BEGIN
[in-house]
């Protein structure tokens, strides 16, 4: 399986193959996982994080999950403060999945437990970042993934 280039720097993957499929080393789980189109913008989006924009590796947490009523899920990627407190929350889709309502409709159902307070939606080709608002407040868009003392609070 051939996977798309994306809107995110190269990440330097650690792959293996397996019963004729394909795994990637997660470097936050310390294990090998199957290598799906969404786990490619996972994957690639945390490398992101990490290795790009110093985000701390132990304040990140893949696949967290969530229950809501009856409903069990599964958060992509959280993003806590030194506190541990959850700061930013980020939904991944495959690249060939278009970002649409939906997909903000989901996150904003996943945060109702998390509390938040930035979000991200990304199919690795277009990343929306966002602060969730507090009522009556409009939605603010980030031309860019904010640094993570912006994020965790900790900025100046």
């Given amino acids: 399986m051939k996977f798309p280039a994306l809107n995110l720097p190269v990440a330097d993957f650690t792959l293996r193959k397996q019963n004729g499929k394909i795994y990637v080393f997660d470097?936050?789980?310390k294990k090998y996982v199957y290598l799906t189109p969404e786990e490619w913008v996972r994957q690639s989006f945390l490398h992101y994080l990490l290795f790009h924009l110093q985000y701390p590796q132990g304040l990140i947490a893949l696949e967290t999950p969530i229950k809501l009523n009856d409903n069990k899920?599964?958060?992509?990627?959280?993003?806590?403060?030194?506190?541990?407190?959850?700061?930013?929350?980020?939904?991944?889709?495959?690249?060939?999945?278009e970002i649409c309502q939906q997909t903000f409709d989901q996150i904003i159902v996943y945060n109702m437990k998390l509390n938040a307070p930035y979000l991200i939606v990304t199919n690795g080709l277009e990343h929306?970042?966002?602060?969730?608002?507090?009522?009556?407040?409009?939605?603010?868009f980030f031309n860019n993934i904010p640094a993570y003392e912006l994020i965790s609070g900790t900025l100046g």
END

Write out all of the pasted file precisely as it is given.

[in-house]
């Protein structure tokens, strides 16, 4: 399986193959996982994080999950403060999945437990970042993934 280039720097993957499929080393789980189109913008989006924009590796947490009523899920990627407190929350889709309502409709159902307070939606080709608002407040868009003392609070 051939996977798309994306809107995110190269990440330097650690792959293996397996019963004729394909795994990637997660470097936050310390294990090998199957290598799906969404786990490619996972994957690639945390490398992101990490290795790009110093985000701390132990304040990140893949696949967290969530229950809501009856409903069990599964958060992509959280993003806590030194506190541990959850700061930013980020939904991944495959690249060939278009970002649409939906997909903000989901996150904003996943945060109702998390509390938040930035979000991200990304199919690795277009990343929306966002602060969730507090009522009556409009939605603010980030031309860019904010640094993570912006994020965790900790900025100046």
């Given amino acids: 399986m051939k996977f798309p280039a994306l809107n995110l720097p190269v990440a330097d993957f650690t792959l293996r193959k397996q019963n004729g499929k394909i795994y990637v080393f997660d470097?936050?789980?310390k294990k090998y996982v199957y290598l799906t189109p969404e786990e490619w913008v996972r994957q690639s989006f945390l490398h992101y994080l990490l290795f790009h924009l110093q985000y701390p590796q132990g304040l990140i947490a893949l696949e967290t999950p969530i229950k809501l009523n009856d409903n069990k899920?599964?958060?992509?990627?959280?993003?806590?403060?030194?506190?541990?407190?959850?700061?930013?929350?980020?939904?991944?889709?495959?690249?060939?999945?278009e970002i649409c309502q939906q997909t903000f409709d989901q996150i904003i159902v996943y945060n109702m437990k998390l509390n938040a307070p930035y979000l991200i939606v990304t199919n690795g080709l277009e990343h929306?970042?966002?602060?969730?608002?507090?009522?009556?407040?409009?939605?603010?868009f980030f031309n860019n993934i904010p640094a993570y003392e912006l994020i965790s609070g900790t900025l100046g």